Richard Kostelanetz, September, 1999
It ranks among the truest and thus among the great performances of Cage's most extreme minimal works.
Scott Vander Werf, the Paper., September 30, 1999
This music opened me right up! Cold, precise, electric ... left me, at times, trembling, anxious, intoxicated, overall in a trance.
Bryce Moore, Difficult Listening, November, 1999
Sparse and minimal ... exemplify the directions Cage was moving in late in his career. A must for the Cage completist.
Ingvar Loco Nordin, GrÃ¤nslÃ¶st, December, 1999
This music insists, gives a darn damn ... in a rare erotic tension ... a John Cage interpreter of God's liking.
Frank Oteri, NewMusicBox, December, 1999
... might make your skin crawl ... challenges the myth that Cage's late number pieces are all ambient and meditative.
Rob Haskins, American Record Guide, January/February, 2000
No other music has ever had that effect on me, and I've been obsessed with the Number Pieces ever since.
Rob Barnett, MusicWeb, February, 2000
... those who would like to open a casement on avant-garde simplicity ... could hardly make a better start with this disc.
Philip Clark, The Wire, September, 2001
Among the purest music he wrote ... some of the composer's greatest music even if it now seems strangely innocent.
Brian Marley, Avant, Spring, 2002
It's an austere soundworld, but a compelling one ... the silences have presence, they're not just periodic absences of music.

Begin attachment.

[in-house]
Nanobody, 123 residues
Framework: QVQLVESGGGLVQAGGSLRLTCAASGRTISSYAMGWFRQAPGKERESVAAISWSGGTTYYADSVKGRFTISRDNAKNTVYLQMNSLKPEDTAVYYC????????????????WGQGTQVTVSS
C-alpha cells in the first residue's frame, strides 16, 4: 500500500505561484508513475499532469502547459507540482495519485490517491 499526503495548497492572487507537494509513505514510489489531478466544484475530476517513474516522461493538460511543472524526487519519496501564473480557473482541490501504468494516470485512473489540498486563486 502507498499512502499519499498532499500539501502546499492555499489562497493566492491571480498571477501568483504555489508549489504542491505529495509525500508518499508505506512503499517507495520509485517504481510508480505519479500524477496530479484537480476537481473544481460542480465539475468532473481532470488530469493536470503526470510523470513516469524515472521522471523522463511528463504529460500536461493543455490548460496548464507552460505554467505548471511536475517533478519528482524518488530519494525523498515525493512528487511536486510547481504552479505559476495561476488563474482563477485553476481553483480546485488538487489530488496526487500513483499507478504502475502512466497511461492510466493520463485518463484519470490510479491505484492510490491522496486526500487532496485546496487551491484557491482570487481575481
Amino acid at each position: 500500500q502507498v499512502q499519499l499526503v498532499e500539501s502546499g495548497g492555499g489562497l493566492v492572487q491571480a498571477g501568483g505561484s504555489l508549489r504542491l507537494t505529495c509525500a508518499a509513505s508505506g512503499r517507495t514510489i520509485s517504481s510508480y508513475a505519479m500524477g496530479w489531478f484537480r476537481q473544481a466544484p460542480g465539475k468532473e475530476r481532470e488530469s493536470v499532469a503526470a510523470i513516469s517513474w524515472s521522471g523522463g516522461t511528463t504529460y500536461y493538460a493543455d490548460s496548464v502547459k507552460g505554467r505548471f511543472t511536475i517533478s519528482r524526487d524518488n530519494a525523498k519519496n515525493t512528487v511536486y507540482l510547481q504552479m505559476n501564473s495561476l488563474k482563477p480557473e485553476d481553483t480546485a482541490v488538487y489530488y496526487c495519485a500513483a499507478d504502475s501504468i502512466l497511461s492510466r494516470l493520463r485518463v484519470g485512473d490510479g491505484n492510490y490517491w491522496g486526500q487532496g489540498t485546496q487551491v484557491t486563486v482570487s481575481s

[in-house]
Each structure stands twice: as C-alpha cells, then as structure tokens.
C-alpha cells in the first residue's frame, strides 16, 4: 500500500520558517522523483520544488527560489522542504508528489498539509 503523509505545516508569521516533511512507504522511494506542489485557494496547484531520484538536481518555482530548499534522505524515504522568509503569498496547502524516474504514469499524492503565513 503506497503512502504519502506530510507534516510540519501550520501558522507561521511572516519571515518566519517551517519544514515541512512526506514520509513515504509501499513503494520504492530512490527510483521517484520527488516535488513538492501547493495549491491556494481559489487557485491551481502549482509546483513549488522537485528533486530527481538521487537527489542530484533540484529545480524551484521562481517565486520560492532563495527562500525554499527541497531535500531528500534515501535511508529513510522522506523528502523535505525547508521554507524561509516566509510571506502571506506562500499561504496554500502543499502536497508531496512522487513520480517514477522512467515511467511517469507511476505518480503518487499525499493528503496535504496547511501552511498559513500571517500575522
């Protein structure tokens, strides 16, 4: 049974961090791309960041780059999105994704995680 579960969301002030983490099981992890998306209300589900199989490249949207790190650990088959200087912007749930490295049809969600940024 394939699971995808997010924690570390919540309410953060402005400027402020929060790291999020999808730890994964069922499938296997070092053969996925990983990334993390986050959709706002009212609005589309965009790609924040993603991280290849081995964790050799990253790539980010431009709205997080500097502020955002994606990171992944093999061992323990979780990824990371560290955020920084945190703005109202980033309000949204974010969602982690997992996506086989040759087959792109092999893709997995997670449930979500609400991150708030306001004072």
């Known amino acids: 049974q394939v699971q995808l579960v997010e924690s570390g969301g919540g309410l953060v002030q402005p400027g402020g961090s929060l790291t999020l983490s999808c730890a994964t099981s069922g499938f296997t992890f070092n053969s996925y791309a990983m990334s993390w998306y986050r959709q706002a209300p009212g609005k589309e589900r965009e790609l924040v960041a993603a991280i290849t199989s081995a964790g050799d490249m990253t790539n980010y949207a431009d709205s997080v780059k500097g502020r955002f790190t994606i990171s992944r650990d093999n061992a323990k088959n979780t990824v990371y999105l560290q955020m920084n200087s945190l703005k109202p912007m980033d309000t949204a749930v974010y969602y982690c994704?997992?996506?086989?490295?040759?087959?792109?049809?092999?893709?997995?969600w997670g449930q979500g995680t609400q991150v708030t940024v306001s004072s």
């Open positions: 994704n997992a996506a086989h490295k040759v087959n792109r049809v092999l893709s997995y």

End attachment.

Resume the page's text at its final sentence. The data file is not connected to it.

Jennifer Paull, Music & Vision, August, 2002
As I listen, I am inside a cockpit ... in layered aspects of shimmering whiteness, time, and space.
Raymond Tuttle, Classical Net, September, 2002
... a single note becomes almost maddeningly alive, and a minute is hardly enough time to take it all in!
John Story, Fanfare, November/December, 2002
... a consistent absence of ... special effects available ... reflecting the greater austerity of Cage's thinking is his last years ...
Tom Schulte, Outsight, December, 2002
These minimalist works are marked by long durations ... such absence of change makes the pieces reflective, meditative.
Dan Warburton, Paris Transatlantic, February, 2003
Every tiny nuance ... is laid bare ... which might explain the elegant photography of Fong on the album cover.
Brian Olewnick, Bagatellen, April, 2004
... thrusts you into the sound world you're actually occupying with extra force ... making you hyper-aware of your surroundings.
David Toub, Sequenza21, January, 2006
... there is beauty in but a single note ... I can't think of a better, more nuanced performance.
Check out the artist's website:
1. One6 (1990) A [13:40]
2. One6 (1990) B [15:35]
3. One6 (1990) C [17:35]
4. One10 (1992) [24:30]